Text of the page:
Talk to Your Teenager About Dating Safely
As a parent or guardian, you know the importance of talking to your teenager, especially about relationships. Things can go south quickly if you don't invite an open dialogue.
So how do you get to a place where you might be able to help or spot an issue that might be going on? And what can you say to start the conversation so it continues in the right direction?
We spoke with relationship experts to help you navigate conversations with your teen about their dating life so you can stay in the loop and make sure they stay safe.
If you're wondering when these relationship talks should start, ideally, it's before your teen first becomes involved with someone else.
"The earlier the better," said psychotherapist Babita Spinelli, L.P., founder and CEO of Babita Spinelli Group in New York City. "Usually, this is around middle school—but even elementary school isn't too soon—where you can set a foundation with your preteen to give them the space to talk about friendships and relationships."
Talk first about friendships and what a healthy friendship means. This encourages your child to consider what self-respect means, how to be a good friend and how to set healthy boundaries. Then they can take these concepts into a dating relationship space. You, as the parent, can create space to ask open-ended questions about your child's social life and activities, Spinelli explained.
"If there's a conversation around 'What kind of friend would you like?' you're also opening the door for your child to understand what kind of partner or boyfriend or girlfriend they would want," she added.
Do some self-reflecting
If you haven't had these conversations yet, don't think you're too late to make a difference, Spinelli noted.
"It's never too late, but if we can introduce these concepts sooner, it's so much better," she said. If parents are already sensing difficulties around self-esteem or self-worth in their teen, having those conversations about friendships can help prevent the teen from becoming involved with someone who may not be good for them.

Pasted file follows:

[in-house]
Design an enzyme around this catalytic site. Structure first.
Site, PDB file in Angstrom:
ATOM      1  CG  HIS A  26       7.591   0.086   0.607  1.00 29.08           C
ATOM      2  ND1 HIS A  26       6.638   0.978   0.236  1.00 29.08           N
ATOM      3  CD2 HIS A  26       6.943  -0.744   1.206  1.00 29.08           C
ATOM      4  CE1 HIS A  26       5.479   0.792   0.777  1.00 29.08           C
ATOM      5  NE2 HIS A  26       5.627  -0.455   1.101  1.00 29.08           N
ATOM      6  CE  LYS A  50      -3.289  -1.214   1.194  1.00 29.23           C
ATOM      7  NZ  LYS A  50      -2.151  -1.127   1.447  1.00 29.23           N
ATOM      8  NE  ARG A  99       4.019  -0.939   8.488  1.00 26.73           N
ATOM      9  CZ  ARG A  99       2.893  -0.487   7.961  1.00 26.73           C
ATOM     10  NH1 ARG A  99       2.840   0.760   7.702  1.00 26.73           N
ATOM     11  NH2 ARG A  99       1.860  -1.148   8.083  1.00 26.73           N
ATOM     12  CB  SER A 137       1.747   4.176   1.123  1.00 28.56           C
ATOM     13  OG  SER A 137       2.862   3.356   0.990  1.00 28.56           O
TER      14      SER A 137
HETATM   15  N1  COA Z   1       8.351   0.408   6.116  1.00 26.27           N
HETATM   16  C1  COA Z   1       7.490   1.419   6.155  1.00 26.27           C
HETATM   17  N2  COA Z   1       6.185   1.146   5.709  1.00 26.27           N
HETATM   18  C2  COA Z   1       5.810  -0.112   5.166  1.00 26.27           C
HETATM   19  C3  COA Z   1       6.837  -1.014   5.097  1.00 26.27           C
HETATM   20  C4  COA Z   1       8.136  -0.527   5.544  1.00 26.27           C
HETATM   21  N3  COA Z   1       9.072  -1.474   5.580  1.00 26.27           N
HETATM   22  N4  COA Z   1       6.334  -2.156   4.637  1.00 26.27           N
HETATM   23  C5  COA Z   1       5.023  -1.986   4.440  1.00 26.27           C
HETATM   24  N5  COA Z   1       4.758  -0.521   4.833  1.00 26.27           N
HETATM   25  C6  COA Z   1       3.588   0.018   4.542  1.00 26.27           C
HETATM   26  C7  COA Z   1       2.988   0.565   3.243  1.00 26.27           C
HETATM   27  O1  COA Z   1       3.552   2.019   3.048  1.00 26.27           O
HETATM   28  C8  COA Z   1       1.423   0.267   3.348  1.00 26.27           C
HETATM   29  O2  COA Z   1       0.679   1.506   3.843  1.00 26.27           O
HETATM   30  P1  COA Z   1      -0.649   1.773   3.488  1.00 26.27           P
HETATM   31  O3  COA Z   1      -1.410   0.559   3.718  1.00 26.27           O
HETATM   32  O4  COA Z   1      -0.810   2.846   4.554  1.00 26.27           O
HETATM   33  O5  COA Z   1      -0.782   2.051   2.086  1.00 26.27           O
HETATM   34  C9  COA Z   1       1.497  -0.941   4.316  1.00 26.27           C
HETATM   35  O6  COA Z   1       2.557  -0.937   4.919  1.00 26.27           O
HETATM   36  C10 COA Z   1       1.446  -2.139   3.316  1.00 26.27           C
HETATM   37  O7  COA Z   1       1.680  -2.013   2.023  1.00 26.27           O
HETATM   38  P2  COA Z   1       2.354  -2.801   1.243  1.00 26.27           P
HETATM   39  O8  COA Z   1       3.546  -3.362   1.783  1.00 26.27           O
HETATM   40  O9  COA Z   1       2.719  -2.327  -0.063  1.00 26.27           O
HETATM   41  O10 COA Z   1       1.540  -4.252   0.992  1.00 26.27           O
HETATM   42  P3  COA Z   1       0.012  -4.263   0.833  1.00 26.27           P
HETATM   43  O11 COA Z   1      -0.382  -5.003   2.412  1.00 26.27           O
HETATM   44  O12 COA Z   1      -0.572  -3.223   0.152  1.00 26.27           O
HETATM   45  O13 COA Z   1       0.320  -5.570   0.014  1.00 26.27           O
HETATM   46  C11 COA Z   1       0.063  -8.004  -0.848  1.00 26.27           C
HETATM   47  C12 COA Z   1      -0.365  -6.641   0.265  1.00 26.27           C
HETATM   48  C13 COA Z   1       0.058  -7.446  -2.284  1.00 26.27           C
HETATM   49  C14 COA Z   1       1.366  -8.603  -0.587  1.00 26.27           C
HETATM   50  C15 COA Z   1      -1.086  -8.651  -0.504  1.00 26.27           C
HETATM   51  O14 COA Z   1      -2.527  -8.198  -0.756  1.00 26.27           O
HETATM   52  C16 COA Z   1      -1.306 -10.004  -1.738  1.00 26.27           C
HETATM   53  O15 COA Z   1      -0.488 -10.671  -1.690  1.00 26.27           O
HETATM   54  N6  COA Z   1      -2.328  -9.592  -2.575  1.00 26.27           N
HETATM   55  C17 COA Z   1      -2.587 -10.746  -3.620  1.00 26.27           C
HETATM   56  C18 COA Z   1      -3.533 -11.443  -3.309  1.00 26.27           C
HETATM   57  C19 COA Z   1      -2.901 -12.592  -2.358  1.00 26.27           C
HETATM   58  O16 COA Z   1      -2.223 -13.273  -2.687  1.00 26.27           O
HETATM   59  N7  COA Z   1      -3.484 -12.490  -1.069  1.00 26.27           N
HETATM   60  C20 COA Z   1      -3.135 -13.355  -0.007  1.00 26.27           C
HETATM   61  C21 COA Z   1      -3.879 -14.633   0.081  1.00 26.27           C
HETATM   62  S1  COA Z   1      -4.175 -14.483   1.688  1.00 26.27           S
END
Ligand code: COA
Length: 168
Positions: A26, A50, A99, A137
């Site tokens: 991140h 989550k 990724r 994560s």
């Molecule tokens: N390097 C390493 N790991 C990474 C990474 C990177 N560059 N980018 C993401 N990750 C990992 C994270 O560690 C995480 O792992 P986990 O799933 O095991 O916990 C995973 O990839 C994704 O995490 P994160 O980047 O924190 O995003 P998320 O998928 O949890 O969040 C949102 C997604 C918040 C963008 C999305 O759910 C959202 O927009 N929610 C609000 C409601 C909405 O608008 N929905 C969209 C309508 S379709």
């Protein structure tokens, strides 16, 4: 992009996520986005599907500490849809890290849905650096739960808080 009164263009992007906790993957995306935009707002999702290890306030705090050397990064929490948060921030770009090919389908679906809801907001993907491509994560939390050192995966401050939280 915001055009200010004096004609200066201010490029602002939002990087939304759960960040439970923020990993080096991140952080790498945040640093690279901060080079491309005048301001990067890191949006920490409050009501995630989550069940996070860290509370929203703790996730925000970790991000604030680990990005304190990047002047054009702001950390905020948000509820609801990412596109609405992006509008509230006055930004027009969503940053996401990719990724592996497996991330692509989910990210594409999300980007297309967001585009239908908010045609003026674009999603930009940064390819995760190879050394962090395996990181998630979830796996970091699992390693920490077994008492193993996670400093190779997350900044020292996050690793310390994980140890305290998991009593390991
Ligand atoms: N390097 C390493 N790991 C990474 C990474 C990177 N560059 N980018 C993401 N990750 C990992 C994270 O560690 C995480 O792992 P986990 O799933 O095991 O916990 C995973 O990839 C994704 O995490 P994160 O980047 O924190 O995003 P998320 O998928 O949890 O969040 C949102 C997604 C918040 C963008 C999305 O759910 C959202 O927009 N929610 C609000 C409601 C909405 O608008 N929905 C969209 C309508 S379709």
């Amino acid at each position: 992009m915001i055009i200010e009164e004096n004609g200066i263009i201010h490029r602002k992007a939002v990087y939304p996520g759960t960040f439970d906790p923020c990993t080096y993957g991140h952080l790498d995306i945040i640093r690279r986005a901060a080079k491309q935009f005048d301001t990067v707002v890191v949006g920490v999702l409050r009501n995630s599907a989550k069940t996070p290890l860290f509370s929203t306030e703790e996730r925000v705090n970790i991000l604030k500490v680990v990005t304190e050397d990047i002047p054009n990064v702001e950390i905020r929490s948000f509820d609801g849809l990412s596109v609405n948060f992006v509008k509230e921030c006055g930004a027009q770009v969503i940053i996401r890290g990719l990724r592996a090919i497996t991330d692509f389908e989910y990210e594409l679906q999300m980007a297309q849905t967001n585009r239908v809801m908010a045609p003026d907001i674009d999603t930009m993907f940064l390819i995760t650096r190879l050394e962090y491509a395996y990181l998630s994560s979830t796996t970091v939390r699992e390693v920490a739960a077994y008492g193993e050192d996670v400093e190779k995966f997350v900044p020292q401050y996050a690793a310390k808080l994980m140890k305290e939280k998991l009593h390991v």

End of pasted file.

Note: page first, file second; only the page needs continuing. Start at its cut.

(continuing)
If you haven't had many conversations with your teen about dating and find yourself needing to talk with them, it's important to do some self-reflecting first, said Kruti Patel, Ph.D., a licensed clinical psychologist in Austin, Texas. Before talking with your teen, ask yourself:
- Was dating accepted or not when you were growing up?
- What are some assumptions or biases you hold about your teen's partner?
- What do you know about how your teen might best receive support?
If you don't know exactly what to say to begin a relationship conversation with your teen, you're not alone. Most parents share the same reticence to bring up this topic.
Patel and Spinelli shared their best tips on nonconfrontational, open-ended conversation starters you can use with your teen.
First, Spinelli recommended setting an environment where you can bring up those questions in a way that's safe and comfortable. Try not to pump your teen for information. For example, at the dinner table, you might ask them about school. You might say, "I'd love to know some of the things you've been doing," or if you know they're dating someone, you could ask, "What are some of the things you're doing with your boyfriend/girlfriend?"
"The more that [your teen feels] safe with you and they feel you're open and really listening, the more you're going to know," Spinelli explained. "That's huge."
If you want to bring up something more serious, such as boundaries or consent, you might begin with, "Sometimes we may not realize we might be feeling a little pressured. I want you to know that you can always share that with me if that's coming up for you." Or you could say, "I feel that you might be struggling to set a boundary with this person. Does that sound right to you?"
Patel gave another example of a nonconfrontational message you can communicate to your teen: "I'm here if you ever want to talk. You can tell me anything and I won't get mad at you. You can trust me with your feelings."
Warning signs of teen dating issues
"Teenagers are still learning a lot about themselves, which can lead to some dating issues," Patel said. "As parents, it might be hard to strike that perfect balance between honoring your teen's autonomy and offering guidance."
Here are some situations Patel and Spinelli explained might indicate parents should intervene:
- When you suspect any abuse could be happening, such as your teen isolating from their friends, giving up activities they used to enjoy or appearing fearful of their partner.
- When you notice your teen suddenly engaging in behavior that isn't typical of them, including using drugs or alcohol, or becoming more frustrated or stressed.
- If your teen's relationship seems out of balance in some way. Pay attention to the couple's personality differences and how they make decisions.
"We don't want to ignore these things," Spinelli advised. "Even though you want to respect your teen and show compassion when there are warning signs, it's something you need to look into and consider getting professional help."